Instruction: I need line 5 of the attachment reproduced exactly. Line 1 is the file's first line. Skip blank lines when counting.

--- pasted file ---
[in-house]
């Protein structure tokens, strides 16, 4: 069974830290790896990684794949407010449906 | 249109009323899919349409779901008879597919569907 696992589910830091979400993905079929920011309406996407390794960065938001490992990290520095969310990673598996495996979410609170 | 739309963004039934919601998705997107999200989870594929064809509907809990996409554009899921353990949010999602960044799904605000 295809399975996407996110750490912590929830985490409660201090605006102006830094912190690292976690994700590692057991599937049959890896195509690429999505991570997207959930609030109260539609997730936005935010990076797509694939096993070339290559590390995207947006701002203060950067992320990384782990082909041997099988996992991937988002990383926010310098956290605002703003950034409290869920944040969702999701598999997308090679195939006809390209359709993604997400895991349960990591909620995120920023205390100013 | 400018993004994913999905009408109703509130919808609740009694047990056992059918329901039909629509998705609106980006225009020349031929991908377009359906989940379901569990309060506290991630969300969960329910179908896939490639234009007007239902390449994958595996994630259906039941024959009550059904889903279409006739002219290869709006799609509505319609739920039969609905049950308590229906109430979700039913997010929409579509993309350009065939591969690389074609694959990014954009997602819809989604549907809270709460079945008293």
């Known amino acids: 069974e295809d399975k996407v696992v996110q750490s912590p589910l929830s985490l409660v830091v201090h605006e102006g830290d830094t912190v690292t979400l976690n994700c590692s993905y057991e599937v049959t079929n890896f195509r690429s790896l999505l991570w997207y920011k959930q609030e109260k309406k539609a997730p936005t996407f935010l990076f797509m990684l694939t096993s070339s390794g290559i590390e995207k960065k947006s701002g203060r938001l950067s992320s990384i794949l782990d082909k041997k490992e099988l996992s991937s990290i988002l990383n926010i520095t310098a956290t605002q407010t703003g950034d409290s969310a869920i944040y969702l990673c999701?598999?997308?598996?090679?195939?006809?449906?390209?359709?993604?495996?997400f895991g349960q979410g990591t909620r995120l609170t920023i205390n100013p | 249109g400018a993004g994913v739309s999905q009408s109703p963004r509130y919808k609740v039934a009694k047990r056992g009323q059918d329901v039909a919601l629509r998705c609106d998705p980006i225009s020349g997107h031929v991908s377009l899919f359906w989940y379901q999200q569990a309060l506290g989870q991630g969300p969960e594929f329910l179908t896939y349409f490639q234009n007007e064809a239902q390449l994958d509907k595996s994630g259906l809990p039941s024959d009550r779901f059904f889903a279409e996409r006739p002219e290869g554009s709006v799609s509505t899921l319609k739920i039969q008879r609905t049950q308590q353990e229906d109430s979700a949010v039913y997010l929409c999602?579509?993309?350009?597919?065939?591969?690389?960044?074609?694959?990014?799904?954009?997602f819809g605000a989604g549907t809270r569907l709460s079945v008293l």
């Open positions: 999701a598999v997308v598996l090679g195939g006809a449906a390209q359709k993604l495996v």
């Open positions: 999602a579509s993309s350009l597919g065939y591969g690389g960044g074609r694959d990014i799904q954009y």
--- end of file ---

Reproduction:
């Open positions: 999602a579509s993309s350009l597919g065939y591969g690389g960044g074609r694959d990014i799904q954009y």